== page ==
When I was a kid, my grandparents lived in a small two-bedroom house on a farm, seemingly miles away from the closest neighbor. They had a dog, a black mutt that had a white stripe around the top of his neck that looked like a permanent collar. His name was Major. When we went fishing, he would run after our pickup truck, and we would leave the tailgate down so he could jump in.
He was a wild dog. Sometimes, he would disappear for days. I worried about him, but grandpa said he would always come back. When he got tired of wandering around, or when he got hungry enough he would be back.
St. Jose Maria Escriva once said, “Human life is in some way a constant returning to our Father’s house.” I believe this must be the case. There was a time in my youth when I thought that one day I would wake up and all my efforts to battle the self would be won. I would have mastered myself and the urge to roam or to seek out other wild dogs of the night would be vanquished. I would wake up and be able to serve others from an untouchable good mood of generosity and wisdom.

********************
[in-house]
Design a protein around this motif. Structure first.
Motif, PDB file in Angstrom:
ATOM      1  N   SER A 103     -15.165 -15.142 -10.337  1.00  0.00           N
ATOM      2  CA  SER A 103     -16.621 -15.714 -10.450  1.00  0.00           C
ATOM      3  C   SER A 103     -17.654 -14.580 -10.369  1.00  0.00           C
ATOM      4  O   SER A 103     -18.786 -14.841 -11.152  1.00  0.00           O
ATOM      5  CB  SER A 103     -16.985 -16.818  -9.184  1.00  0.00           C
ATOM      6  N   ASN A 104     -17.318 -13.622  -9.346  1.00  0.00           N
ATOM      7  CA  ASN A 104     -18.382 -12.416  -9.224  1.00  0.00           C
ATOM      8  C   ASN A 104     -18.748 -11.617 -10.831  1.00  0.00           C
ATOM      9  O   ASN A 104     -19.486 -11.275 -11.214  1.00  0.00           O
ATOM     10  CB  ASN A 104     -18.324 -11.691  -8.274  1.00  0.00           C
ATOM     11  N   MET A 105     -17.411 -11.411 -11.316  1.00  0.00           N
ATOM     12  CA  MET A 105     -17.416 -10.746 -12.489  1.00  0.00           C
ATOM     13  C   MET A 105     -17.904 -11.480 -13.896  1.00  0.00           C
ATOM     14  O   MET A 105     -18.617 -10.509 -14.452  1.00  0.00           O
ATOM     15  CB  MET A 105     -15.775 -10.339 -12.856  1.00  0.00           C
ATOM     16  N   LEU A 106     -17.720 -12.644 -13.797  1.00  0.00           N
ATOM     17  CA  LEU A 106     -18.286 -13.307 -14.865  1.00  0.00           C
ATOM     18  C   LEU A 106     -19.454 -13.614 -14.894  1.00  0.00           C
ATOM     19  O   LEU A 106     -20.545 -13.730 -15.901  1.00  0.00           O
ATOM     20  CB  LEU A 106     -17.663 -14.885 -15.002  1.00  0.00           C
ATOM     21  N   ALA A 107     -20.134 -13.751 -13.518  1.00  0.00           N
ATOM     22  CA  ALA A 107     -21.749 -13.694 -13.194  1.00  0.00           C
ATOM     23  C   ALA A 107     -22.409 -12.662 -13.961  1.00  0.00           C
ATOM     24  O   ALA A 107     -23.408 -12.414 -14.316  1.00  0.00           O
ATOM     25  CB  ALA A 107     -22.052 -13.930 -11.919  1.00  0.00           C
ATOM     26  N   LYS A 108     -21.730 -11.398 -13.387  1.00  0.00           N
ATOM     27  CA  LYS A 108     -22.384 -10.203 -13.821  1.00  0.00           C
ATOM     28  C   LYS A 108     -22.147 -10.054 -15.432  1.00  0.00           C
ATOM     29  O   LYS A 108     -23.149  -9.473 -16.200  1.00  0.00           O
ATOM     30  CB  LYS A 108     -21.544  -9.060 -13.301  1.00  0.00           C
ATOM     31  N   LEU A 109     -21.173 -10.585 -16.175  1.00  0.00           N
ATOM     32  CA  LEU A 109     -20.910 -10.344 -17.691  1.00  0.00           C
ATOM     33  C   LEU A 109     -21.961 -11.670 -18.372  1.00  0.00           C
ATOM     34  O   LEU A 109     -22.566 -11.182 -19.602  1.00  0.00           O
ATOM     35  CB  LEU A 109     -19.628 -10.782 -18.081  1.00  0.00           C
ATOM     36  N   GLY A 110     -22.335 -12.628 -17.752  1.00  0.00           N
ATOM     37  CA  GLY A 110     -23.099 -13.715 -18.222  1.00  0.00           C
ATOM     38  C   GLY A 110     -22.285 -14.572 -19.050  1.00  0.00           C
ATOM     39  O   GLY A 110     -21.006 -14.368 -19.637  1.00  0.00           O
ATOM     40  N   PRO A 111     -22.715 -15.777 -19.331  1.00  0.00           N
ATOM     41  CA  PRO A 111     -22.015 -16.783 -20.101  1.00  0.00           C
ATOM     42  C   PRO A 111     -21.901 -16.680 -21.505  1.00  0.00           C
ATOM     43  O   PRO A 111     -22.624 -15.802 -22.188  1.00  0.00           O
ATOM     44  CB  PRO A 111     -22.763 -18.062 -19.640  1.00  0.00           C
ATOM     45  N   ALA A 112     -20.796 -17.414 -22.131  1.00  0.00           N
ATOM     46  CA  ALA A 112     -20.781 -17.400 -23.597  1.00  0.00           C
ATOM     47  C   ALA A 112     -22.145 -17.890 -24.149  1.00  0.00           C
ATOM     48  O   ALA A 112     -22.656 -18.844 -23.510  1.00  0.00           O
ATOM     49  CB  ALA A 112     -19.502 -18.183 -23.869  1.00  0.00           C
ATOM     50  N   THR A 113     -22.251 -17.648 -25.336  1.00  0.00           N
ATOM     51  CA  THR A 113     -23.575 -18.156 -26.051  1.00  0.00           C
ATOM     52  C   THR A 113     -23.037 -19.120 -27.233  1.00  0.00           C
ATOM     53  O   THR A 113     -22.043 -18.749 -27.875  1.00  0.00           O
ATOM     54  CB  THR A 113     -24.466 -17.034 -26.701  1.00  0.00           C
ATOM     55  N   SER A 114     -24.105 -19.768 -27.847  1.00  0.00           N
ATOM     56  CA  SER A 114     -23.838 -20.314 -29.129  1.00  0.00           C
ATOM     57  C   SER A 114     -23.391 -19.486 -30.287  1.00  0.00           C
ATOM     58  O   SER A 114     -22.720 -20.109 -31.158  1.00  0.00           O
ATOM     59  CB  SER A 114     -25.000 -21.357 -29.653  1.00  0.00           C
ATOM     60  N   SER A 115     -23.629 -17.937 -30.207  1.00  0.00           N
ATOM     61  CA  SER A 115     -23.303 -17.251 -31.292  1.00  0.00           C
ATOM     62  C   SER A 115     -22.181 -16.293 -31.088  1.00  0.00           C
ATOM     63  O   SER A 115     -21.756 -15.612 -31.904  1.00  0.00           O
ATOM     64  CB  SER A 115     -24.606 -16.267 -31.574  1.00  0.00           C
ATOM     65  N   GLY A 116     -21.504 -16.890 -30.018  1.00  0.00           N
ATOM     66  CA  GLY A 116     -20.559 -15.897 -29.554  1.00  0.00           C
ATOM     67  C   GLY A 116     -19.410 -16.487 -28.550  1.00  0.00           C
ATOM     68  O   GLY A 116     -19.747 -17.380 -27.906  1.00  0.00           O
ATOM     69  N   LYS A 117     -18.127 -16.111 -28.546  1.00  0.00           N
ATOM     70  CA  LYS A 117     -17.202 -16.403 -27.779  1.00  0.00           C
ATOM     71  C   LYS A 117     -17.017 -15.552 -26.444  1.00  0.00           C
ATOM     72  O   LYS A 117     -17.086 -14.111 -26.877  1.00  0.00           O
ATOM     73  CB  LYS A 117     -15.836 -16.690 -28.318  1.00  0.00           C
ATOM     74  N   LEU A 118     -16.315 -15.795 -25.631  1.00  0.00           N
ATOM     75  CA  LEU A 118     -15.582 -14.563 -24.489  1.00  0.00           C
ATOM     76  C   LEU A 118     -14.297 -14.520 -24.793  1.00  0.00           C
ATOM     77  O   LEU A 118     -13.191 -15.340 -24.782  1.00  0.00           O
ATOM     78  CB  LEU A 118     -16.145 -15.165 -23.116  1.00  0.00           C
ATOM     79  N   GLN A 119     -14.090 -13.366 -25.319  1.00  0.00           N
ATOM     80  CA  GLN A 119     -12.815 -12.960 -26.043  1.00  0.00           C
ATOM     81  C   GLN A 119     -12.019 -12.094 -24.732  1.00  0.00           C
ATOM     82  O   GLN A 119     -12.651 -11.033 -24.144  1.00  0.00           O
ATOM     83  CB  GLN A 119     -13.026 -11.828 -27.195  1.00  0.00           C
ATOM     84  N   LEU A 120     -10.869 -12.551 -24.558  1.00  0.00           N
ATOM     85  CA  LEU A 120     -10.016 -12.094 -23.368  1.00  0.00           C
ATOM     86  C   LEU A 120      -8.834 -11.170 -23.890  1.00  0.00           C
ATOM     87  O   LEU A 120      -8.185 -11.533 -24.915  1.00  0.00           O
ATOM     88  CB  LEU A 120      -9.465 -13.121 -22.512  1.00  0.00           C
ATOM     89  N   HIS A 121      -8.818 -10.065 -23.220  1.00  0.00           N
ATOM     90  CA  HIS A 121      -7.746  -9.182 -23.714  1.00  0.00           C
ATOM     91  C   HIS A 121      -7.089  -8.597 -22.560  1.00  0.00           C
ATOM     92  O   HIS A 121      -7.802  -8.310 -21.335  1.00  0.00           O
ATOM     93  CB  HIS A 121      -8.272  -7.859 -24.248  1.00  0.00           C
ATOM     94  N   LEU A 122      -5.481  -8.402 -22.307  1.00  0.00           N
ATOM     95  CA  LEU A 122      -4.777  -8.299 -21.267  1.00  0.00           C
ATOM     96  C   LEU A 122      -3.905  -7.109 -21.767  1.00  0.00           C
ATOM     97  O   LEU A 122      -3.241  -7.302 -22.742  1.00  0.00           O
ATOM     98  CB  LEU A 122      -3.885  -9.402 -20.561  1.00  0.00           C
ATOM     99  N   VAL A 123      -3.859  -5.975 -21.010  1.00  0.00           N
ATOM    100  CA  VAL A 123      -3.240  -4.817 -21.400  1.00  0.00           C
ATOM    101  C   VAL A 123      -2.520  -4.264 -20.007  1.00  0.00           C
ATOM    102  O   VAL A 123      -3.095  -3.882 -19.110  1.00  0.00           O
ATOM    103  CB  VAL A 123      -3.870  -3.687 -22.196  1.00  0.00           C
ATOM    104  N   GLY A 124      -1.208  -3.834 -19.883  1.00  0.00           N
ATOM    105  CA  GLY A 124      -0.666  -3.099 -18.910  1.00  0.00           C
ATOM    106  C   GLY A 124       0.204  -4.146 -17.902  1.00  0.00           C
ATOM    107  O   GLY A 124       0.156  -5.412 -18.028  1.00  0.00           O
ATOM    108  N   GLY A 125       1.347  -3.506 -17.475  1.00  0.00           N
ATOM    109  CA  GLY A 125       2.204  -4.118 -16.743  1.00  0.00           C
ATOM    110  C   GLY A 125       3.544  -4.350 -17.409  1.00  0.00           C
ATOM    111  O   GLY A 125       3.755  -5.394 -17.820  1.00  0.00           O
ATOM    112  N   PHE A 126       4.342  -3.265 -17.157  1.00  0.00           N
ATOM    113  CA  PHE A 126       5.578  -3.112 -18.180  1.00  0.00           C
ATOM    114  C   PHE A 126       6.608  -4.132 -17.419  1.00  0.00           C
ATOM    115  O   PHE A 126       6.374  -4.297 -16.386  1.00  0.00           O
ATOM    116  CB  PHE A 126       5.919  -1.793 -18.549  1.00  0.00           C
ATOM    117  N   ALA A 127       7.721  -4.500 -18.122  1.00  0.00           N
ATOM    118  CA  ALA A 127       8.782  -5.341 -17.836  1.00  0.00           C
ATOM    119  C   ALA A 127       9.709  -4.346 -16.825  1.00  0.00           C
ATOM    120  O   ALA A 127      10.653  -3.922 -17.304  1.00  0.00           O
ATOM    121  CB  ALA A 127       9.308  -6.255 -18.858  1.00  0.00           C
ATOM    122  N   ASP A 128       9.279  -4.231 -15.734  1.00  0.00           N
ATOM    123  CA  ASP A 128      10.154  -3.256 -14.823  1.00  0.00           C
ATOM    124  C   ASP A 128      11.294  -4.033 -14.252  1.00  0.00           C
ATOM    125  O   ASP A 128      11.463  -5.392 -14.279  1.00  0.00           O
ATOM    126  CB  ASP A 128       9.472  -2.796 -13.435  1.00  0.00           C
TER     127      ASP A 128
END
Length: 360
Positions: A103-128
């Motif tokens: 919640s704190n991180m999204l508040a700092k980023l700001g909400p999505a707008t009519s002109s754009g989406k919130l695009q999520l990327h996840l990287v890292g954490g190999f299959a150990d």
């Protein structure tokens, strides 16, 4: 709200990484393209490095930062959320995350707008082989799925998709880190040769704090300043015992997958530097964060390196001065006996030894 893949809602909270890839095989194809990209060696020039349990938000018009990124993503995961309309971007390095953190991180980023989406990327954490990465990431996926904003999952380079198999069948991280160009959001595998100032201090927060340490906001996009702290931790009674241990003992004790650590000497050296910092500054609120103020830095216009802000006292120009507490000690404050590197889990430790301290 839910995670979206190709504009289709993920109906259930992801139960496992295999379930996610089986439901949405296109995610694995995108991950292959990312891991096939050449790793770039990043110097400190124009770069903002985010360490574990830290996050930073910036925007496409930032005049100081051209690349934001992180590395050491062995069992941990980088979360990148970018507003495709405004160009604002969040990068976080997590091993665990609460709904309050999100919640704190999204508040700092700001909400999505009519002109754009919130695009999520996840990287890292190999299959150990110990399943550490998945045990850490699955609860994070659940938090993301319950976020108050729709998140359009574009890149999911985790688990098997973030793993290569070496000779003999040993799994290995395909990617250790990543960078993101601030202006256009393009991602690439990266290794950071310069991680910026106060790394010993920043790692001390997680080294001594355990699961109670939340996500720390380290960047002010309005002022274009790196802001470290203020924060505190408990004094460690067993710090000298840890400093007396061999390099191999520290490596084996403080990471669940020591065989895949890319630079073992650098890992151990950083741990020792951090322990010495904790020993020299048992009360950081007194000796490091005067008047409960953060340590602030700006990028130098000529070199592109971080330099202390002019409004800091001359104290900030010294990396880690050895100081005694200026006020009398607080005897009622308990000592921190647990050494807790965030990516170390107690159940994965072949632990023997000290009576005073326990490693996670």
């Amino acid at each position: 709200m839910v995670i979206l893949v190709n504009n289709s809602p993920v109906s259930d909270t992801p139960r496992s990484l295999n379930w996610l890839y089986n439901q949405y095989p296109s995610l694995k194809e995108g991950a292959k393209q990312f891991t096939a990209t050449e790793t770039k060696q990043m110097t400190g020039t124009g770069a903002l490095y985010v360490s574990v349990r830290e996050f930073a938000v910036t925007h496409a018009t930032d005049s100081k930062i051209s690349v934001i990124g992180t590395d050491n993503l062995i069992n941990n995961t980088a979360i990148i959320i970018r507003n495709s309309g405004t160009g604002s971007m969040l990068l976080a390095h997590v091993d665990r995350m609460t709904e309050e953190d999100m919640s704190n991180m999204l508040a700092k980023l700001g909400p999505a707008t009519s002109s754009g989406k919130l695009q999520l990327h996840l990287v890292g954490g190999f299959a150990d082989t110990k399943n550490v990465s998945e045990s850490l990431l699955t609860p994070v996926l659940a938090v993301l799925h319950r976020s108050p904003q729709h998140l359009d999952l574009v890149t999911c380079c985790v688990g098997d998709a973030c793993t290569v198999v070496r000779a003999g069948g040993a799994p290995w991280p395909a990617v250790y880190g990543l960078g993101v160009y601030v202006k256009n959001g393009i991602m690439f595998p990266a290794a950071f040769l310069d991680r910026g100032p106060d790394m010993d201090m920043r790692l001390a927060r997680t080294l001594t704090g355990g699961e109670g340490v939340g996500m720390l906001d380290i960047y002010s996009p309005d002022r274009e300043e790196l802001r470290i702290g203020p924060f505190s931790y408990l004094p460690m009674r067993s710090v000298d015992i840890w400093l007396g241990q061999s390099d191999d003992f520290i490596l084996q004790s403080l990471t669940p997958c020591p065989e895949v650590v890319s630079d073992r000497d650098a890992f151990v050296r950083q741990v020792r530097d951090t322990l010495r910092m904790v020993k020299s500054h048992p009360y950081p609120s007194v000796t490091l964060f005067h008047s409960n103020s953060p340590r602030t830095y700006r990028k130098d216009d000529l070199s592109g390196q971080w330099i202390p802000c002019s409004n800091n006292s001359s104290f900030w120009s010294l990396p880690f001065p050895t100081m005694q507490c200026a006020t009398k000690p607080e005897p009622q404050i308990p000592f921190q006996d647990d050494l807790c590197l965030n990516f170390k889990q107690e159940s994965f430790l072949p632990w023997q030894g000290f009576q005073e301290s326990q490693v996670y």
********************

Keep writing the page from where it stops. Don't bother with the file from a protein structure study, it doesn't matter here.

But unfortunately, that is not the case. Battles are never won permanently. Some of them have to be fought over and over again. And we never stop roaming. We never stop leaving the Father’s house and seeking things of the earth or the flesh.
We will never be perfected on this earth–at least I know I won’t–but it’s nice to know that the Father’s house is still there and His door is always open. It has no locks on the door. We are free to come and go as we please. And that is Major good news.